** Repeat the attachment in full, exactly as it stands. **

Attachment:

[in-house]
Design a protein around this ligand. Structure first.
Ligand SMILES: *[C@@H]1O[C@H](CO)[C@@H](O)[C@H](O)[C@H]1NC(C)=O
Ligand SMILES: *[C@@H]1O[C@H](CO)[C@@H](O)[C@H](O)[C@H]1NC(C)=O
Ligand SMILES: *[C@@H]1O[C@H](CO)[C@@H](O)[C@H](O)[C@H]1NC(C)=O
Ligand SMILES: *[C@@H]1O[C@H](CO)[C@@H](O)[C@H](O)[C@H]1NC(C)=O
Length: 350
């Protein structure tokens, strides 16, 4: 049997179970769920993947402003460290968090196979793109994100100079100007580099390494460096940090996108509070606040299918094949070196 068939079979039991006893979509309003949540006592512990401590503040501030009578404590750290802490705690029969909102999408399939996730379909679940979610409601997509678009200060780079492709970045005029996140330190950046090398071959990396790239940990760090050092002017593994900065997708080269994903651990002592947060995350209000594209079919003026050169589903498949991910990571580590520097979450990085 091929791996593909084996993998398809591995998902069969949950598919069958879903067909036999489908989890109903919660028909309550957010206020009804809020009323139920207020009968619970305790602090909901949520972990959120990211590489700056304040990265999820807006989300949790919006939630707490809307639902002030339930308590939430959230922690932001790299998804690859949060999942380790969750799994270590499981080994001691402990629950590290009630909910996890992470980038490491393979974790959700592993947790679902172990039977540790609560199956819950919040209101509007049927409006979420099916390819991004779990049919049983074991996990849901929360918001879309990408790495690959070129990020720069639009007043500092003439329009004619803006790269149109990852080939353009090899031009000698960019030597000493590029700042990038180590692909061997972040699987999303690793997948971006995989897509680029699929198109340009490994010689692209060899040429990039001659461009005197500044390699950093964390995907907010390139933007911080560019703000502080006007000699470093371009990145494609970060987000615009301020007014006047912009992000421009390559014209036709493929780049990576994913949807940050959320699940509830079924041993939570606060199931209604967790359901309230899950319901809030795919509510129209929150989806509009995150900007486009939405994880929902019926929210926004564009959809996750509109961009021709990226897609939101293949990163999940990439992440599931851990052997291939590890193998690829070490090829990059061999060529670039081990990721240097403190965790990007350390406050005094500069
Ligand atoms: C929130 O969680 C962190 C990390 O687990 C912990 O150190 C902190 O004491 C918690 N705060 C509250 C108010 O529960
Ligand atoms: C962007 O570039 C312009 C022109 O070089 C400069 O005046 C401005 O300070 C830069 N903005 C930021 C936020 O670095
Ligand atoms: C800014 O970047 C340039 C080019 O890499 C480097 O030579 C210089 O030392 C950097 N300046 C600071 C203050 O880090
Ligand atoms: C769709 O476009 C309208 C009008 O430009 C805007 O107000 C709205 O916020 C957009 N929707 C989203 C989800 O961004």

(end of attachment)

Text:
[in-house]
Design a protein around this ligand. Structure first.
Ligand SMILES: *[C@@H]1O[C@H](CO)[C@@H](O)[C@H](O)[C@H]1NC(C)=O
Ligand SMILES: *[C@@H]1O[C@H](CO)[C@@H](O)[C@H](O)[C@H]1NC(C)=O
Ligand SMILES: *[C@@H]1O[C@H](CO)[C@@H](O)[C@H](O)[C@H]1NC(C)=O
Ligand SMILES: *[C@@H]1O[C@H](CO)[C@@H](O)[C@H](O)[C@H]1NC(C)=O
Length: 350
């Protein structure tokens, strides 16, 4: 049997179970769920993947402003460290968090196979793109994100100079100007580099390494460096940090996108509070606040299918094949070196 068939079979039991006893979509309003949540006592512990401590503040501030009578404590750290802490705690029969909102999408399939996730379909679940979610409601997509678009200060780079492709970045005029996140330190950046090398071959990396790239940990760090050092002017593994900065997708080269994903651990002592947060995350209000594209079919003026050169589903498949991910990571580590520097979450990085 091929791996593909084996993998398809591995998902069969949950598919069958879903067909036999489908989890109903919660028909309550957010206020009804809020009323139920207020009968619970305790602090909901949520972990959120990211590489700056304040990265999820807006989300949790919006939630707490809307639902002030339930308590939430959230922690932001790299998804690859949060999942380790969750799994270590499981080994001691402990629950590290009630909910996890992470980038490491393979974790959700592993947790679902172990039977540790609560199956819950919040209101509007049927409006979420099916390819991004779990049919049983074991996990849901929360918001879309990408790495690959070129990020720069639009007043500092003439329009004619803006790269149109990852080939353009090899031009000698960019030597000493590029700042990038180590692909061997972040699987999303690793997948971006995989897509680029699929198109340009490994010689692209060899040429990039001659461009005197500044390699950093964390995907907010390139933007911080560019703000502080006007000699470093371009990145494609970060987000615009301020007014006047912009992000421009390559014209036709493929780049990576994913949807940050959320699940509830079924041993939570606060199931209604967790359901309230899950319901809030795919509510129209929150989806509009995150900007486009939405994880929902019926929210926004564009959809996750509109961009021709990226897609939101293949990163999940990439992440599931851990052997291939590890193998690829070490090829990059061999060529670039081990990721240097403190965790990007350390406050005094500069
Ligand atoms: C929130 O969680 C962190 C990390 O687990 C912990 O150190 C902190 O004491 C918690 N705060 C509250 C108010 O529960
Ligand atoms: C962007 O570039 C312009 C022109 O070089 C400069 O005046 C401005 O300070 C830069 N903005 C930021 C936020 O670095
Ligand atoms: C800014 O970047 C340039 C080019 O890499 C480097 O030579 C210089 O030392 C950097 N300046 C600071 C203050 O880090
Ligand atoms: C769709 O476009 C309208 C009008 O430009 C805007 O107000 C709205 O916020 C957009 N929707 C989203 C989800 O961004």